Ransomware attacks against hospitals are having some very grim consequences

Researchers asked staff working in healthcare about the impact of cyberattacks - and the findings are worrying.

The ransomware threat is growing: What needs to happen to stop attacks getting worse?

Ransomware attacks against hospitals are having direct consequences for patient care as a result of the reduced availability of systems and services when cyber criminals encrypt networks. 

According to a survey of healthcare organisations, ransomware attacks have resulted in patients being kept in hospital longer, delays in tests and procedures – and, most disturbingly of all, an increase in patient deaths. 

The research into the impact ransomware has on hospitals and patient care was conducted by The Ponemon Institute think tank and cybersecurity company Censinet. 

SEE: A winning strategy for cybersecurity (ZDNet special report)  

Ransomware is a major cybersecurity issue for all industries, but attacks against healthcare have a huge impact because of the potential consequences for patient care. If a retailer or a supermarket is compromised with ransomware, customers can often go elsewhere for their products – but in the case of hospitals, that's not really an option. 

It's why targeting hospitals has become a lucrative business for criminal ransomware operations – the nature of healthcare and the requirement for constant access to systems means that, in many cases, the victim will give in and pay the ransom demand for a decryption key. 

The results of the survey, based on answers from 597 IT and IT security professionals working in healthcare, paint a picture of hospitals struggling to protect against and deal with the fallout from ransomware attacks – and all of this at a time when healthcare has been feeling the strain of the coronavirus pandemic

Just over a third (36%) of respondents at hospitals affected by a ransomware attack saw an increase in complications for patients following medical procedures, while seven in 10 saw delays in procedures and tests resulting in what's described as "poor outcomes". Seven in 10 patients also had a longer stay at the hospital due to the ongoing consequences of a ransomware attack.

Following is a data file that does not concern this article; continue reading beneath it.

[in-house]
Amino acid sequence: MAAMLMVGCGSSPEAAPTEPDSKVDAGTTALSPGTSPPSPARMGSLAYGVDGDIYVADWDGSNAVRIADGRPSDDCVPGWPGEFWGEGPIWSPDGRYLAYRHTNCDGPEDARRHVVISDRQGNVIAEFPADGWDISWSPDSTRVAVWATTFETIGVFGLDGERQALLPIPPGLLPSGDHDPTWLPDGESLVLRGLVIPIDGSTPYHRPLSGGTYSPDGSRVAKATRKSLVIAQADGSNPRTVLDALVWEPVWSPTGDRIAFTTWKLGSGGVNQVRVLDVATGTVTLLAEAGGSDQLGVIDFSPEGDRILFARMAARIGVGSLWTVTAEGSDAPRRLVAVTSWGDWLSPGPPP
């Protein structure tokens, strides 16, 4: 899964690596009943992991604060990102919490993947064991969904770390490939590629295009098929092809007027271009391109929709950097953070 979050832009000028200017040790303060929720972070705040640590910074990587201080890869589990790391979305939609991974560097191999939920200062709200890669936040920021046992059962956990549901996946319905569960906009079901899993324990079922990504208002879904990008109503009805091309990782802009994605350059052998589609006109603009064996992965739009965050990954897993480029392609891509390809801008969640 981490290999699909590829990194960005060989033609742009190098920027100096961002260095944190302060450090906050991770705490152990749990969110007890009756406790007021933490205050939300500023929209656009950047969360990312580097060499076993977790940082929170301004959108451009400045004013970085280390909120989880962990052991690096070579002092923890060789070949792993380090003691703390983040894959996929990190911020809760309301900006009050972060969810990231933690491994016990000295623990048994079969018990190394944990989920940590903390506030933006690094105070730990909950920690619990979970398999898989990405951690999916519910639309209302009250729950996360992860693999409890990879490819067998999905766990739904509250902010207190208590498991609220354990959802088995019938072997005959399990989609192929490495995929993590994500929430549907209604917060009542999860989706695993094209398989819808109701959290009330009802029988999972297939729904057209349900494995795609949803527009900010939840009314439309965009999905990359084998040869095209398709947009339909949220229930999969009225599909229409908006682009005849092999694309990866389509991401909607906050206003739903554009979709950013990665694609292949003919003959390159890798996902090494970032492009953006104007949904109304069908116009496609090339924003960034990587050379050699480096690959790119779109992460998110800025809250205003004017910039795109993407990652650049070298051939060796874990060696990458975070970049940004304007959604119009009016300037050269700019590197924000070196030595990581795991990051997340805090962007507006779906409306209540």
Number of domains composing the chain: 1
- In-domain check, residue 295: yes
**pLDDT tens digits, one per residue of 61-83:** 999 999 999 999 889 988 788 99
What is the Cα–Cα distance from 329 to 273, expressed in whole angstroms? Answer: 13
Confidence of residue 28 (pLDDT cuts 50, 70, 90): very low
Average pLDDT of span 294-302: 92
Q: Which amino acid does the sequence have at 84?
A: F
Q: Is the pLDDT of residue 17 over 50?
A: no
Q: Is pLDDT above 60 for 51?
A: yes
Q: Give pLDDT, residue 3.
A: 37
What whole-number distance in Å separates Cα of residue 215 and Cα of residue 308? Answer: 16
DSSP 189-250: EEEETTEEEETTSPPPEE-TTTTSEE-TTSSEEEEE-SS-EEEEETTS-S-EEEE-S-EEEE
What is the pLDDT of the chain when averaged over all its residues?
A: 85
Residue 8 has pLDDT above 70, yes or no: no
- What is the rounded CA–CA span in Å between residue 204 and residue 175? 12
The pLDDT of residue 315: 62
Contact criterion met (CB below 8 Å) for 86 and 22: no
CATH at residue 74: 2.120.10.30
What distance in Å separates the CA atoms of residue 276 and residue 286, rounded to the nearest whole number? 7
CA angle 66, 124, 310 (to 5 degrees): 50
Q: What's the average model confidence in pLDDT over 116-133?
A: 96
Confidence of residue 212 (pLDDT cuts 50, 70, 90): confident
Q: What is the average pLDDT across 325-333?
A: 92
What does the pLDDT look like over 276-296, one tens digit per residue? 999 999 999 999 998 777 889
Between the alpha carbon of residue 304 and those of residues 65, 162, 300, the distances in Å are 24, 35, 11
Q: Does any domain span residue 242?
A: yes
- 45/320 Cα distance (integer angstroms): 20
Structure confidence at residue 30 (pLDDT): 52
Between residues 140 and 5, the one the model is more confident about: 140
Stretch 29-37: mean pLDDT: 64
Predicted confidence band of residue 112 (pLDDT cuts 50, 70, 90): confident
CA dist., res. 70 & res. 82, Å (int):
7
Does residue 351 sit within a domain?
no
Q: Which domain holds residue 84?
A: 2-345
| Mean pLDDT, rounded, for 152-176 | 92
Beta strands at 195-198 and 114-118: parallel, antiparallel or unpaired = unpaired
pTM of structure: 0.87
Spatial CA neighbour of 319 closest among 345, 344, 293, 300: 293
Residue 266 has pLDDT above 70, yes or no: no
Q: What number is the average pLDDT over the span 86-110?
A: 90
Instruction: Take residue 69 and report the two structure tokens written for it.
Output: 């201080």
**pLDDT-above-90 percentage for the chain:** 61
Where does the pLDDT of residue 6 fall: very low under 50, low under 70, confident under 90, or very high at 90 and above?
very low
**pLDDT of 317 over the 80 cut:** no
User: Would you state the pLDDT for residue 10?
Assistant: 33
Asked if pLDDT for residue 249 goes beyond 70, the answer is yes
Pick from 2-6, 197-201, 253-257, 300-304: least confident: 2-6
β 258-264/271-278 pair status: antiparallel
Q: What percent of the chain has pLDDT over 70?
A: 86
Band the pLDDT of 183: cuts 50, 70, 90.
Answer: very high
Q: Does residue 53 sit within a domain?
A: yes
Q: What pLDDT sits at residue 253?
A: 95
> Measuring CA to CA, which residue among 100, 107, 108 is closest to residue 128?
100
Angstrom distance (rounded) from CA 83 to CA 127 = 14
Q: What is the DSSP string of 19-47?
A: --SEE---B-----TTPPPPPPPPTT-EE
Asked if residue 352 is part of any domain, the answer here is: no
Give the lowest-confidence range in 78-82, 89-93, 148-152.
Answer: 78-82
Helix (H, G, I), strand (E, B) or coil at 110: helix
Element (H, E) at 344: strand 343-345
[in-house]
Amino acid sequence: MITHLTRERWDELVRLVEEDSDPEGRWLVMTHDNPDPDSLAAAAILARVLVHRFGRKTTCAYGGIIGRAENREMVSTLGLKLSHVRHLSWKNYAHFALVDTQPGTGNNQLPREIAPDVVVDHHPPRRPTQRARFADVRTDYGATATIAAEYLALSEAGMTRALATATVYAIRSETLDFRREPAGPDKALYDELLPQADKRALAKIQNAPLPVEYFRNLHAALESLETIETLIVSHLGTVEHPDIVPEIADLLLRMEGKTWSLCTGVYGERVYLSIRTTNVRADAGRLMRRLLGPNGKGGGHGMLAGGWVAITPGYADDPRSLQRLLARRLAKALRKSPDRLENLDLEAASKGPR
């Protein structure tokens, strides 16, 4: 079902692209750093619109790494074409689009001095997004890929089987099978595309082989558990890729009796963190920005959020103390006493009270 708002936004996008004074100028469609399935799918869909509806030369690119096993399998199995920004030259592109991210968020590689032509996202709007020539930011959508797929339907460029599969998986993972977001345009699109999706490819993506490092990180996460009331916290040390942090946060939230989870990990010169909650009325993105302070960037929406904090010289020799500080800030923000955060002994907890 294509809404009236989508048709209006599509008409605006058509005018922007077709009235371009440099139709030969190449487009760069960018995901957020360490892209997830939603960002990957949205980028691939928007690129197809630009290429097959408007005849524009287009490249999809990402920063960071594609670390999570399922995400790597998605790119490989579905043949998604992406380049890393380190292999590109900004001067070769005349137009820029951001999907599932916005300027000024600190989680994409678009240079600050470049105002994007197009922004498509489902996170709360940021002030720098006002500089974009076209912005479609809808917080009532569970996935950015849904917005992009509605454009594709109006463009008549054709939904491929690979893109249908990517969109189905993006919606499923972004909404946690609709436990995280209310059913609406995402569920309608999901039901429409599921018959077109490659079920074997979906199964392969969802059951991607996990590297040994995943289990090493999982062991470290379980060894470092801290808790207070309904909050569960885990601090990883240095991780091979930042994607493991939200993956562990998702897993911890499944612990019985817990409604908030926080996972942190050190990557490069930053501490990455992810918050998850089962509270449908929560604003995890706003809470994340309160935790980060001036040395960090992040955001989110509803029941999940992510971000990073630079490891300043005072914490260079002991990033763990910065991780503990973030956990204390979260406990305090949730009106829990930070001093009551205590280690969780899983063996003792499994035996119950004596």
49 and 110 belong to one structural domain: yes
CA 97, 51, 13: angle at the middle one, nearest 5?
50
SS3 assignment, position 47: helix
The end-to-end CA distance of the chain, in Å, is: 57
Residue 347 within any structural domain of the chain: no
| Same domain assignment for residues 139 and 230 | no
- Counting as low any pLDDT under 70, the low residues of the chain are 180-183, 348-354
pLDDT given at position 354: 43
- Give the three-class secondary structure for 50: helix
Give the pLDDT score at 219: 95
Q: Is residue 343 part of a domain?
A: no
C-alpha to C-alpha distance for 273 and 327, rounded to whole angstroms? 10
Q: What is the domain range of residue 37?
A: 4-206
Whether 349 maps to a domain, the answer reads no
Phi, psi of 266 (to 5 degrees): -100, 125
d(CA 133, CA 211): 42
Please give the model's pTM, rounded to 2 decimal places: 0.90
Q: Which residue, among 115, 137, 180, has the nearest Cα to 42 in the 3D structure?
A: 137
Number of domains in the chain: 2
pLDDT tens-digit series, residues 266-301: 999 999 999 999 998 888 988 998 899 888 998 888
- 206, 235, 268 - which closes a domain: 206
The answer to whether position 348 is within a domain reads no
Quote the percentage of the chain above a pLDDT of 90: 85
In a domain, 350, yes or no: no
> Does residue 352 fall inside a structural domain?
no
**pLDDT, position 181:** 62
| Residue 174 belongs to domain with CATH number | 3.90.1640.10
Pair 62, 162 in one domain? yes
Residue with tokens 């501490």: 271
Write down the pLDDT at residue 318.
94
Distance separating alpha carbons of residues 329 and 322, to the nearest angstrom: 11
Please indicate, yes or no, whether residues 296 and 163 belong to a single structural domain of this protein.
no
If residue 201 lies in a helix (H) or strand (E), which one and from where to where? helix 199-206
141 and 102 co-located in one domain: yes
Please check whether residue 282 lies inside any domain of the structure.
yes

One in five respondents who worked at a hospital that had been hit by ransomware said the incident lead to an increase in deaths. 

Official reporting that examines the direct impact of ransomware on patient mortality is opaque at best. In September last year, it was reported that a patient at a German hospital died after the facility was hit by a ransomware attack as they were being transferred to another hospital. 

Police launched an investigation into the death to determine if the cyber criminals who launched the ransomware attack were responsible for the patient death. However, they came to the conclusion that the patient was in such poor health condition that it was still likely they would have died.

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While healthcare is a tempting target for ransomware because of the critical nature of the industry, funding issues around cybersecurity don't help. Hospital budgets are often stretched, meaning that investment in IT infrastructure and cybersecurity can end up low down the priority list.  

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This can lead to cybersecurity issues like failing to patch known vulnerabilities or updating operating systems to the latest version becoming big problems, both of which can be exploited by cyber criminals to launch ransomware attacks.  

Budgets are tight, but if healthcare organisations can invest in the technology and security staff required to help discover and fix vulnerabilities in endpoints and networks, it can go a long way to helping to keep hospitals – and patients – safe from the impact of cyberattacks. 

"Our findings correlated increasing cyberattacks, especially ransomware, with negative effects on patient care, exacerbated by the impact of COVID on healthcare providers," said Larry Ponemon, chairman and founder of the Ponemon Institute. 

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